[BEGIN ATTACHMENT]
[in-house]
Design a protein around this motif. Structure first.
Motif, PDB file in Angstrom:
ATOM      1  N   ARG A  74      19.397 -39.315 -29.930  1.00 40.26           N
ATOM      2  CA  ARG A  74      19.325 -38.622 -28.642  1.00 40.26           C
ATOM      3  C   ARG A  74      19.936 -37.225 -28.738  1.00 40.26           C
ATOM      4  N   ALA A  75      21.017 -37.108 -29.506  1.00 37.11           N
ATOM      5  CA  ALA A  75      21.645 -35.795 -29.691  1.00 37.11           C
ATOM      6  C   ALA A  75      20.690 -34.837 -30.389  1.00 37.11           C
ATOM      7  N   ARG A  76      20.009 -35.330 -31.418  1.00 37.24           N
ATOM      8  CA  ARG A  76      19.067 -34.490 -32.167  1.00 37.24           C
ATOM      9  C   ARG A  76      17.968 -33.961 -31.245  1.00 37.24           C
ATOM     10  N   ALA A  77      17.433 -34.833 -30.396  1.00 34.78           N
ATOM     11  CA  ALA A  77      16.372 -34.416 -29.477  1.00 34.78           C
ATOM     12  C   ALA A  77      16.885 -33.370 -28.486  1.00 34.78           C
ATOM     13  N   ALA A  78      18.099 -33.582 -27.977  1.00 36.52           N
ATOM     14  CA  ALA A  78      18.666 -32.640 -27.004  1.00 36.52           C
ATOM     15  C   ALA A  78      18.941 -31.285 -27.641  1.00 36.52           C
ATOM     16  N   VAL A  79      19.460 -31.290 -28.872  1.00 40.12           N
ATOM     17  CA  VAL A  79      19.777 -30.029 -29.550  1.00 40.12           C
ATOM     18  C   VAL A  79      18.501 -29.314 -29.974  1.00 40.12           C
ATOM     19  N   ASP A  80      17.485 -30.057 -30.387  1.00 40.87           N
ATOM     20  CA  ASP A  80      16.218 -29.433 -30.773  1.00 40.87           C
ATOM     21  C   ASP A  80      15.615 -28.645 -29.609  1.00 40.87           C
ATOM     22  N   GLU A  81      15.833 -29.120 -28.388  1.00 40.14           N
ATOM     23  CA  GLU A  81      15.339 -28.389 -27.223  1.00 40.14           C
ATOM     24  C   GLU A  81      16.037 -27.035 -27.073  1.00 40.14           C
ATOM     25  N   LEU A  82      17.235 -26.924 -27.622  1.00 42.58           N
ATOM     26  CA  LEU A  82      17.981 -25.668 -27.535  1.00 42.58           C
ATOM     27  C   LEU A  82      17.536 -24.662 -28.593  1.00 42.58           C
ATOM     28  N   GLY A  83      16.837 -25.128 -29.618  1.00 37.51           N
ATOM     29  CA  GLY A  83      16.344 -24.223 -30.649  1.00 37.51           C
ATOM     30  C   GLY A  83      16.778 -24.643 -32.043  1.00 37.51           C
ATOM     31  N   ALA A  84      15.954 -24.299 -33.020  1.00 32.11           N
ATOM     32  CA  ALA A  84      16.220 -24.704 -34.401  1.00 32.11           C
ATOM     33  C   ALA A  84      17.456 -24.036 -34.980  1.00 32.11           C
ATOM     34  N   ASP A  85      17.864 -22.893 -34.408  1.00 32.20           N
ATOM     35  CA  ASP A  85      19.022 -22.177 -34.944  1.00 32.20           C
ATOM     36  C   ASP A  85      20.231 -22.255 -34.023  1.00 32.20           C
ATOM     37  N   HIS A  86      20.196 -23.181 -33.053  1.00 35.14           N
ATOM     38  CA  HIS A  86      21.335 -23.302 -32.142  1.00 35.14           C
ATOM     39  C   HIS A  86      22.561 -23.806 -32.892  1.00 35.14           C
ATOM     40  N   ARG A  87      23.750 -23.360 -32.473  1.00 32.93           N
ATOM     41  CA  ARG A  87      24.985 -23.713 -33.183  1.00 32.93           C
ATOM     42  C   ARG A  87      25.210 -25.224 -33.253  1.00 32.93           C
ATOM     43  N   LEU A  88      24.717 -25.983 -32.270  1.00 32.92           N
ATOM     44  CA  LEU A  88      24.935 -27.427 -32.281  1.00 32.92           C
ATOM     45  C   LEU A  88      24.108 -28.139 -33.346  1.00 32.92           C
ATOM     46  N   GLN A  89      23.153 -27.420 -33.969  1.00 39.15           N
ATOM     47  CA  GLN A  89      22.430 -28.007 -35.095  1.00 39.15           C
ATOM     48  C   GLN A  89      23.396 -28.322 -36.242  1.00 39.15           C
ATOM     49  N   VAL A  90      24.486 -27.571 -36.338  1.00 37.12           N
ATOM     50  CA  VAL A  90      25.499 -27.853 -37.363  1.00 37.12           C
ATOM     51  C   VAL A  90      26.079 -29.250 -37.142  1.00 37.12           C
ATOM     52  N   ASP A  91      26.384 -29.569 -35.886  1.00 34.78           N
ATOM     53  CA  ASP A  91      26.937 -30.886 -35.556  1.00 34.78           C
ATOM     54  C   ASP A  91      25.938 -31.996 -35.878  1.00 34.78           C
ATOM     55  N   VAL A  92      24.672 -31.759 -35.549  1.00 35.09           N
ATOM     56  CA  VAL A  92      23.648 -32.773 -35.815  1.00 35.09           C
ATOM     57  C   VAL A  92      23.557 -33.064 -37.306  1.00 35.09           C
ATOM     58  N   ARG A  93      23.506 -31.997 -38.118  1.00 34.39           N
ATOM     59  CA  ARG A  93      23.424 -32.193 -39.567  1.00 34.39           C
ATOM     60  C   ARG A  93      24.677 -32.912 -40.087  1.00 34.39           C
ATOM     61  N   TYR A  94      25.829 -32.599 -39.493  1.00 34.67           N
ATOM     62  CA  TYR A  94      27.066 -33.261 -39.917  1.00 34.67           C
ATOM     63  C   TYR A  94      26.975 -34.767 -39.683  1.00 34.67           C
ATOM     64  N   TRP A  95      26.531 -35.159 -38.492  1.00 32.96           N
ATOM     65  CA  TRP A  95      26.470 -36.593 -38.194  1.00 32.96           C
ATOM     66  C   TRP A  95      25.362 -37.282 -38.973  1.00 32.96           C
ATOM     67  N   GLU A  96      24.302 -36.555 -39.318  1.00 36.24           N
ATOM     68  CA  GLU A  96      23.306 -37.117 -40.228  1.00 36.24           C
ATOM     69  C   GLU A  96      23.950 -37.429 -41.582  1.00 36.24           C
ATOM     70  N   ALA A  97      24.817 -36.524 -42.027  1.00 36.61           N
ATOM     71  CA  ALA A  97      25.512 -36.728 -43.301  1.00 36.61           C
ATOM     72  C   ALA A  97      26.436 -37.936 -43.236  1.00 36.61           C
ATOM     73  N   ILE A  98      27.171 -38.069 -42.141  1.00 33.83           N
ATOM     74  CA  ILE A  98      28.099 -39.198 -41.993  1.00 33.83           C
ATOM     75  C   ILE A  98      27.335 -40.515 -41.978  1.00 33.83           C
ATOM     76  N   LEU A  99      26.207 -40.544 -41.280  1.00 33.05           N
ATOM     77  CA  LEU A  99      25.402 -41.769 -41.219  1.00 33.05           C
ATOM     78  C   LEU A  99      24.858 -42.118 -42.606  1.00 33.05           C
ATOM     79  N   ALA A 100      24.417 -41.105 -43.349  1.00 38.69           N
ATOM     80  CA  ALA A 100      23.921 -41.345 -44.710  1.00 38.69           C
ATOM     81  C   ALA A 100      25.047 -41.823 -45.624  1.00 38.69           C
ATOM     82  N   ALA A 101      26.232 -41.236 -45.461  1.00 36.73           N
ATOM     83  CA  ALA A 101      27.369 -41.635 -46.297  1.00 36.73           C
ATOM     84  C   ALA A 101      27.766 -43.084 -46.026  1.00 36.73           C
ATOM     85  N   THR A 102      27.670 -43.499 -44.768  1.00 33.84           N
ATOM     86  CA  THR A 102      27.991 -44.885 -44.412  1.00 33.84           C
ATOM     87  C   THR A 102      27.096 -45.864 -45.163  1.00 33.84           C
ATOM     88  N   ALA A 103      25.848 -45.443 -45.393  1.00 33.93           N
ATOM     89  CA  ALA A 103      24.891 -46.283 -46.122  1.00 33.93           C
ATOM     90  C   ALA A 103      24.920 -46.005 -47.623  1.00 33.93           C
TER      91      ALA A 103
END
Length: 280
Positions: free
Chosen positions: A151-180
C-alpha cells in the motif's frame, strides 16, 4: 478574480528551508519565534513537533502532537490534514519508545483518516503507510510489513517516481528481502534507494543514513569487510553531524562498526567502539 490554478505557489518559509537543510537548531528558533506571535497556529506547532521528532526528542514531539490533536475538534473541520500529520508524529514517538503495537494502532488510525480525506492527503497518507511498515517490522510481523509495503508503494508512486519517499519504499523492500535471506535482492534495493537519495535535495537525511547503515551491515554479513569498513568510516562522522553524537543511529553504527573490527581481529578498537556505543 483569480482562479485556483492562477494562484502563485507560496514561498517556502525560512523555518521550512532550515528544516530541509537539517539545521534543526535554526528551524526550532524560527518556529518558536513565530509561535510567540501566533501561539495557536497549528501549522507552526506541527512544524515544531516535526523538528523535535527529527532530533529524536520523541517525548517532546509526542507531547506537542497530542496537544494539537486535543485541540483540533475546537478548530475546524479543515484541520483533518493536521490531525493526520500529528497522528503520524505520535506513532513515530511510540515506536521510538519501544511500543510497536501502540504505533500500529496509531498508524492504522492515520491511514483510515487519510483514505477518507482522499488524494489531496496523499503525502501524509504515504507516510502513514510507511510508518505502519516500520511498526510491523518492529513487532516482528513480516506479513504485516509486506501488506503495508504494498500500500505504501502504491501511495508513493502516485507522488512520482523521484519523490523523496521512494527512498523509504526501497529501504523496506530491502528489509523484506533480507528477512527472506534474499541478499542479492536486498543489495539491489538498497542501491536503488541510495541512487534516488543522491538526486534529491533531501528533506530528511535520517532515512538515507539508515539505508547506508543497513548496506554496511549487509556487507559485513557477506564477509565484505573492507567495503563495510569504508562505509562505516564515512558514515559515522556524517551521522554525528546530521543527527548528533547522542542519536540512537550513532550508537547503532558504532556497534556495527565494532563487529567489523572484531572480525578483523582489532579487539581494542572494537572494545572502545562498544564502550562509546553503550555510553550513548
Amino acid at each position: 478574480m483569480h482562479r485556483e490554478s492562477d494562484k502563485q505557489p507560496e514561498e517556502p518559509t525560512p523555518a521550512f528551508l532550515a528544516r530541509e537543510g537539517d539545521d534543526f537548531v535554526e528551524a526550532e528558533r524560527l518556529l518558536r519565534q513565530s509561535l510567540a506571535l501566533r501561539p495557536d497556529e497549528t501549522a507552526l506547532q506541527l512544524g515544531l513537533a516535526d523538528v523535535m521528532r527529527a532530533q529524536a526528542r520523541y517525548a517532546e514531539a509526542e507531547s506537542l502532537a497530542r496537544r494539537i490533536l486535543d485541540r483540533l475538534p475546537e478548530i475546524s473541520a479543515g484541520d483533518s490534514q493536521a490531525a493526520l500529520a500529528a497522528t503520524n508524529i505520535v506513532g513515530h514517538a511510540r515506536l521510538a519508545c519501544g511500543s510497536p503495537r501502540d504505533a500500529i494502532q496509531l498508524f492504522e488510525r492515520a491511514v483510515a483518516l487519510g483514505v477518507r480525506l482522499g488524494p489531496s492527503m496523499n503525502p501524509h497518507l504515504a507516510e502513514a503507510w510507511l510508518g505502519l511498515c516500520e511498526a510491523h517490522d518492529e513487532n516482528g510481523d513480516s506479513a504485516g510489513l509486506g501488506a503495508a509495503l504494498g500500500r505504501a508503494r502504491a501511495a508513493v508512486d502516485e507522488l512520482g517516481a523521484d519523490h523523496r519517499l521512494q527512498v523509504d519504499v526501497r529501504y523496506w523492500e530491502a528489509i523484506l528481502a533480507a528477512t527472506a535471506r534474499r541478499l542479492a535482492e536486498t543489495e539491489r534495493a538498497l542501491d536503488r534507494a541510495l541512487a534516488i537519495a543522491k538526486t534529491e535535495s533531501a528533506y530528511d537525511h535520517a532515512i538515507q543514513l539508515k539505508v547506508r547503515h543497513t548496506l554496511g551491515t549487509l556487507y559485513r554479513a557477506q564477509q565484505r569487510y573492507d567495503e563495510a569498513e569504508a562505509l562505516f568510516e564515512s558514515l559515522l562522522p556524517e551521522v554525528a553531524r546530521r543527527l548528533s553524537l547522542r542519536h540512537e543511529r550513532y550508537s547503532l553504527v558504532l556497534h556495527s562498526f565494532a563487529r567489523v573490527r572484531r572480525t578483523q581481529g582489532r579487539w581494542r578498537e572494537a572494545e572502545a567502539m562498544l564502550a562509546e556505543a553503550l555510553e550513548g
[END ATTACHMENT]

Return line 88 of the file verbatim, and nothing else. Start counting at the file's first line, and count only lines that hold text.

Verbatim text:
ATOM     85  N   THR A 102      27.670 -43.499 -44.768  1.00 33.84           N